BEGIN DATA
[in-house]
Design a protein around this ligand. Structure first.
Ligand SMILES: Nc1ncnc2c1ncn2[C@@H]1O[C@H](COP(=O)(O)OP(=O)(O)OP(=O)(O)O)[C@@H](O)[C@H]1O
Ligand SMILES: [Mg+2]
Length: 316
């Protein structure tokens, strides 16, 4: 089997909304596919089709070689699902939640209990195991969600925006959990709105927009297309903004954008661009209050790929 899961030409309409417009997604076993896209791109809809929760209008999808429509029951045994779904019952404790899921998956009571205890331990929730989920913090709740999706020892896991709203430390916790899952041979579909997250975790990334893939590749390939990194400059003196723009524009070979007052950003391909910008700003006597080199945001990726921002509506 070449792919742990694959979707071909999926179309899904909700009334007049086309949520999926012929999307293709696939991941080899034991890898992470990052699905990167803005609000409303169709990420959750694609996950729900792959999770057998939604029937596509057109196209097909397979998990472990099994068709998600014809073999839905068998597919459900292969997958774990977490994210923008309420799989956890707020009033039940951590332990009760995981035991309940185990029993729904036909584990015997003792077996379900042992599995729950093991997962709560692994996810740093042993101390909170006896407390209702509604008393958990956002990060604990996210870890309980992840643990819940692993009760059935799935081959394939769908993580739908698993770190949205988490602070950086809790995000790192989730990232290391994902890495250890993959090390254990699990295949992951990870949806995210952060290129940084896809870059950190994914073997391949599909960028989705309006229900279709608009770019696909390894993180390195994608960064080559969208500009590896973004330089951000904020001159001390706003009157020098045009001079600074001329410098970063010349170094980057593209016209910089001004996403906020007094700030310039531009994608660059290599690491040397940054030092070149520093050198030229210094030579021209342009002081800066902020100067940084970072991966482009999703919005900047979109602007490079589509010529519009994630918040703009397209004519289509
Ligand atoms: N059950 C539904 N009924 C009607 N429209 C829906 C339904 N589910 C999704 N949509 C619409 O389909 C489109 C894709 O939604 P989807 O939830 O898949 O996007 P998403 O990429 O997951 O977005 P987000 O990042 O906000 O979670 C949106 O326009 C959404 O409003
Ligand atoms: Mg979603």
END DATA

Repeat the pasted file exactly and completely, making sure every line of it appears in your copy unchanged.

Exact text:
[in-house]
Design a protein around this ligand. Structure first.
Ligand SMILES: Nc1ncnc2c1ncn2[C@@H]1O[C@H](COP(=O)(O)OP(=O)(O)OP(=O)(O)O)[C@@H](O)[C@H]1O
Ligand SMILES: [Mg+2]
Length: 316
């Protein structure tokens, strides 16, 4: 089997909304596919089709070689699902939640209990195991969600925006959990709105927009297309903004954008661009209050790929 899961030409309409417009997604076993896209791109809809929760209008999808429509029951045994779904019952404790899921998956009571205890331990929730989920913090709740999706020892896991709203430390916790899952041979579909997250975790990334893939590749390939990194400059003196723009524009070979007052950003391909910008700003006597080199945001990726921002509506 070449792919742990694959979707071909999926179309899904909700009334007049086309949520999926012929999307293709696939991941080899034991890898992470990052699905990167803005609000409303169709990420959750694609996950729900792959999770057998939604029937596509057109196209097909397979998990472990099994068709998600014809073999839905068998597919459900292969997958774990977490994210923008309420799989956890707020009033039940951590332990009760995981035991309940185990029993729904036909584990015997003792077996379900042992599995729950093991997962709560692994996810740093042993101390909170006896407390209702509604008393958990956002990060604990996210870890309980992840643990819940692993009760059935799935081959394939769908993580739908698993770190949205988490602070950086809790995000790192989730990232290391994902890495250890993959090390254990699990295949992951990870949806995210952060290129940084896809870059950190994914073997391949599909960028989705309006229900279709608009770019696909390894993180390195994608960064080559969208500009590896973004330089951000904020001159001390706003009157020098045009001079600074001329410098970063010349170094980057593209016209910089001004996403906020007094700030310039531009994608660059290599690491040397940054030092070149520093050198030229210094030579021209342009002081800066902020100067940084970072991966482009999703919005900047979109602007490079589509010529519009994630918040703009397209004519289509
Ligand atoms: N059950 C539904 N009924 C009607 N429209 C829906 C339904 N589910 C999704 N949509 C619409 O389909 C489109 C894709 O939604 P989807 O939830 O898949 O996007 P998403 O990429 O997951 O977005 P987000 O990042 O906000 O979670 C949106 O326009 C959404 O409003
Ligand atoms: Mg979603």